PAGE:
Today's miles: 18
Total miles: 631
Today was unanimously rated our worst day on trail thus far.
We knew it would be a rough day the minute we woke up. Sansei and Rotisserie woke up screaming, for their sleeping bags were overrun by thousands of ants. Focus's cookpot (though clean) was swarming with them, too, and he chucked it at a rock to dislodge the little pests. My shoes were crawling with ants, though my sleeping bag was fortunately free of them. It was not a pleasant wake up call. We shook out our gear and left camp as quickly as humanly possible.
The day didn't get much better after that. We hiked out of tree cover very early in the day and the PCT spit us back into the open desert. We traversed rocky, shrubby mountains through soft and silty sand, and the tallest things we saw were Joshua Trees, whose spiny leaves offered no shade.
We stopped at a water cache five miles in and relaxed as we filled up. The breeze was blowing but the sun was getting hot. As we pushed on, it grew hotter and the trail steeper, and we panted and sweated our way through the desert. I focused on watching Rotisserie's heels moving up and down in front of me and tried to ignore the heat and I forced myself to move my feet forward. It was exhausting. We took a couple of short breaks under the "shade" of Joshua Trees and decided we needed to find a better spot for our afternoon siesta if we were going to survive. Focus hiked faster than the rest of us, so we sent him ahead to scout out a good spot for the five of us to rest for the afternoon.
As we walked, we were passed by a decent number of hikers, and I fretted that they would find the only small patch of shade in the entire desert and take it for themselves.
Sansei said, "don't worry, that's why we sent Focus ahead. He's in front of them, and he'll save us a good spot."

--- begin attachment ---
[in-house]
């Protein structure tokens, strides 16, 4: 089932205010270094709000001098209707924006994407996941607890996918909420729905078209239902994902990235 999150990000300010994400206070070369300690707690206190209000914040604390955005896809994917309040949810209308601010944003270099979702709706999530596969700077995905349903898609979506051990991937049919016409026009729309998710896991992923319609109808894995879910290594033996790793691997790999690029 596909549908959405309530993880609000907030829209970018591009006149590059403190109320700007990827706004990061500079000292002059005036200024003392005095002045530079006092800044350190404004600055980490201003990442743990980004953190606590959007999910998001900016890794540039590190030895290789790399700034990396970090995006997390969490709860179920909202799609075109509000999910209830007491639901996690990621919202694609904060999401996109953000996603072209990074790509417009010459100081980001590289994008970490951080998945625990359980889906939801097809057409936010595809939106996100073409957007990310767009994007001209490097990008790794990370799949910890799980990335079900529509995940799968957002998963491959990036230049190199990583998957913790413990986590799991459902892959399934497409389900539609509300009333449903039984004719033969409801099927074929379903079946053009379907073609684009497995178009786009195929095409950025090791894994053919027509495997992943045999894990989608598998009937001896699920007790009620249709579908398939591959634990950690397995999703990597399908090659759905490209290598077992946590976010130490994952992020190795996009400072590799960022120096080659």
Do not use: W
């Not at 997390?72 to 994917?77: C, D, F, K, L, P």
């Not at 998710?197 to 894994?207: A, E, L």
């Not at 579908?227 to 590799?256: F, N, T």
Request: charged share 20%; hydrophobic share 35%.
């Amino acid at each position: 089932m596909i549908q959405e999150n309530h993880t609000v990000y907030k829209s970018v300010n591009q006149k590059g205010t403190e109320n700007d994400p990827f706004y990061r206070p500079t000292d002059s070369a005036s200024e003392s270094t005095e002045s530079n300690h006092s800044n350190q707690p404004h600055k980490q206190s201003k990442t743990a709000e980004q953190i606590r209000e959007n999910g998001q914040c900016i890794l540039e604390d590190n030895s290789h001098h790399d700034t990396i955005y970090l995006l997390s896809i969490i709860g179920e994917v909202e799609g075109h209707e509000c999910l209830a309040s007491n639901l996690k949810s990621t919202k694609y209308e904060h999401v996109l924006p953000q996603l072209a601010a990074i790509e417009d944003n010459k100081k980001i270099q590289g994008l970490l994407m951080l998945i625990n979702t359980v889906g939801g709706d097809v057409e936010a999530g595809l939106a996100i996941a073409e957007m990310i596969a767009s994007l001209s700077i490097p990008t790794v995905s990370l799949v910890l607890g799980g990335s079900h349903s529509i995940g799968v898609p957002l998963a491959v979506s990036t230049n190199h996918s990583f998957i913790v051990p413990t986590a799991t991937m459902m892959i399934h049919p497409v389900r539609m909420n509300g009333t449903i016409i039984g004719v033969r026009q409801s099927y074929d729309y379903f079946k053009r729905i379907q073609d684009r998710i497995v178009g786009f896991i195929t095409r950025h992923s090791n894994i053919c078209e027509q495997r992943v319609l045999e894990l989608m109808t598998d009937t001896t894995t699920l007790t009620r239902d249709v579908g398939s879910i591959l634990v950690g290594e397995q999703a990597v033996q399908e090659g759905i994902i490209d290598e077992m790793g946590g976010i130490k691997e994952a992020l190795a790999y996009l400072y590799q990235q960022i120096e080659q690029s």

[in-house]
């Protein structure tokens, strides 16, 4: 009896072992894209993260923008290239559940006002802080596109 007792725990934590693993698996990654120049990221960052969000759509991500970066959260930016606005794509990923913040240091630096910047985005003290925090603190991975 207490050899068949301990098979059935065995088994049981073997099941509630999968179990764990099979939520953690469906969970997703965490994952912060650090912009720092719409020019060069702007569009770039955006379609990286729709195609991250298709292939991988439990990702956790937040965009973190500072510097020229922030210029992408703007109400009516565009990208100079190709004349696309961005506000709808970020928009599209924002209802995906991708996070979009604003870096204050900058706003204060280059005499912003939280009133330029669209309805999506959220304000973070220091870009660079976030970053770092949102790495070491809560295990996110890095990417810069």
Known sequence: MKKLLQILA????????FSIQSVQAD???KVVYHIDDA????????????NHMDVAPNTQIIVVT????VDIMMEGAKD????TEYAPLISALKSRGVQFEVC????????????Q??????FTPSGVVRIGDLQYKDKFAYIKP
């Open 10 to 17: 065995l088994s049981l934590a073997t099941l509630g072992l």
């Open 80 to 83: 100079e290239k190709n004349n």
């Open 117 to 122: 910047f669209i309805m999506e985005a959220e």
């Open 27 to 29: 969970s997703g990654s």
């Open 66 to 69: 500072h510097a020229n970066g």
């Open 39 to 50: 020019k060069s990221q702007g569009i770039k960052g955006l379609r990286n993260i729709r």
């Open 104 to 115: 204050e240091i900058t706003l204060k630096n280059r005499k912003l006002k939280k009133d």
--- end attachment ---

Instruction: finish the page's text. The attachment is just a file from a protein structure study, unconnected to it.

Ten minutes later we discovered Focus wedged into a small, one-person shade of a boulder, shirtless and napping out of the sunlight.
"FOCUS!" Sansei shrieked. "What kind of reconnaissance man are you?!"
"Sorry?" Focus said.
"We sent you ahead of all those other hikers to get us a good patch of shade!" Sansei said, "and here you are, having let them all pass you, in a spot no bigger than one person!"
"Oh..." said Focus, "my bad...."
"Focus," I said, "you're fired."
We kept walking until we came upon an open area with a random picnic table and a couple of useless Joshua Trees. There was no shade to be seen, but it was too hot to keep hiking without risking dehydration and heat exhaustion, so we McGuyvered Sansei and Focus's tarps into awnings to create some shade. We lay underneath them for a total of 5.6 seconds until we realized that the tarps were simply greenhouses and were reflecting even more heat down onto us. So we squished ourselves around the small, patchy shade of a Joshua Tree and attempted to sleep. As the sun moved, so did we, carefully avoiding the cactus-like thorns that enshrouded the tree.
"Ow!" I grumbled as I was stabbed once again. "You know, when we started this trail, being in the desert was like, 'oh cool, everything is all spiky,' and now it's like, 'OHMIGOD EVERYTHING IS ALL SPIKY.'"
We sweated in the shade and had a difficult time napping, so we made ourselves lunch, instead. I made my usual tuna/cheese tortilla wrap, and Focus was doing something similar, but instead of a small pack of tortillas, he pulled a giant wad of 24 out of his food bag.
"Holy crap," I said. "How heavy is that?"
"Uh... I dunno... a pound?"
I laughed. "You know tortillas come in packs of 10, right?"
"Yeah, but this is for a whole week!"
I stared at him blankly and then repeated, "...you know they come in packs of 10, right?"
"Not when you eat 3-4 every day!"
And he proceeded to lay out several tortillas in succession and fill them with random assortments of things: ham, cheese, peanut butter, jelly, honey, and the small single-serve packs of cream cheese he had swiped from the Tehachapi continental breakfast.